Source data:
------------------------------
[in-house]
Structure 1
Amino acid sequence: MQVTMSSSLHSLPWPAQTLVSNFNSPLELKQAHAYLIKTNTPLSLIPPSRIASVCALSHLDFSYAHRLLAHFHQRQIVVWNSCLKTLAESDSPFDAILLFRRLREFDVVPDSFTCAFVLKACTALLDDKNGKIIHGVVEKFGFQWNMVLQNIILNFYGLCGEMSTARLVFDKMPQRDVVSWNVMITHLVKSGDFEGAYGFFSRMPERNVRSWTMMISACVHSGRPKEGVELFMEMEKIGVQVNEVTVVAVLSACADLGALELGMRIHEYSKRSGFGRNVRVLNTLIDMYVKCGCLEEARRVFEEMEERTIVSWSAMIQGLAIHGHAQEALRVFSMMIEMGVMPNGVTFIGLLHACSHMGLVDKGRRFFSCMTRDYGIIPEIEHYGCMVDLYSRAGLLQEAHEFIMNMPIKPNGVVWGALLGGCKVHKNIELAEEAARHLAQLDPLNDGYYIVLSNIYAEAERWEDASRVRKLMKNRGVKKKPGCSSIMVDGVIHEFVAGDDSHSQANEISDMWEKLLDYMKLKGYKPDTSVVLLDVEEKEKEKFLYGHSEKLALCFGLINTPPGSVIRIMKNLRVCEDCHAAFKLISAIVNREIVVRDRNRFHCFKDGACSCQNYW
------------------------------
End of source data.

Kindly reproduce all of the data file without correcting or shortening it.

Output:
[in-house]
Structure 1
Amino acid sequence: MQVTMSSSLHSLPWPAQTLVSNFNSPLELKQAHAYLIKTNTPLSLIPPSRIASVCALSHLDFSYAHRLLAHFHQRQIVVWNSCLKTLAESDSPFDAILLFRRLREFDVVPDSFTCAFVLKACTALLDDKNGKIIHGVVEKFGFQWNMVLQNIILNFYGLCGEMSTARLVFDKMPQRDVVSWNVMITHLVKSGDFEGAYGFFSRMPERNVRSWTMMISACVHSGRPKEGVELFMEMEKIGVQVNEVTVVAVLSACADLGALELGMRIHEYSKRSGFGRNVRVLNTLIDMYVKCGCLEEARRVFEEMEERTIVSWSAMIQGLAIHGHAQEALRVFSMMIEMGVMPNGVTFIGLLHACSHMGLVDKGRRFFSCMTRDYGIIPEIEHYGCMVDLYSRAGLLQEAHEFIMNMPIKPNGVVWGALLGGCKVHKNIELAEEAARHLAQLDPLNDGYYIVLSNIYAEAERWEDASRVRKLMKNRGVKKKPGCSSIMVDGVIHEFVAGDDSHSQANEISDMWEKLLDYMKLKGYKPDTSVVLLDVEEKEKEKFLYGHSEKLALCFGLINTPPGSVIRIMKNLRVCEDCHAAFKLISAIVNREIVVRDRNRFHCFKDGACSCQNYW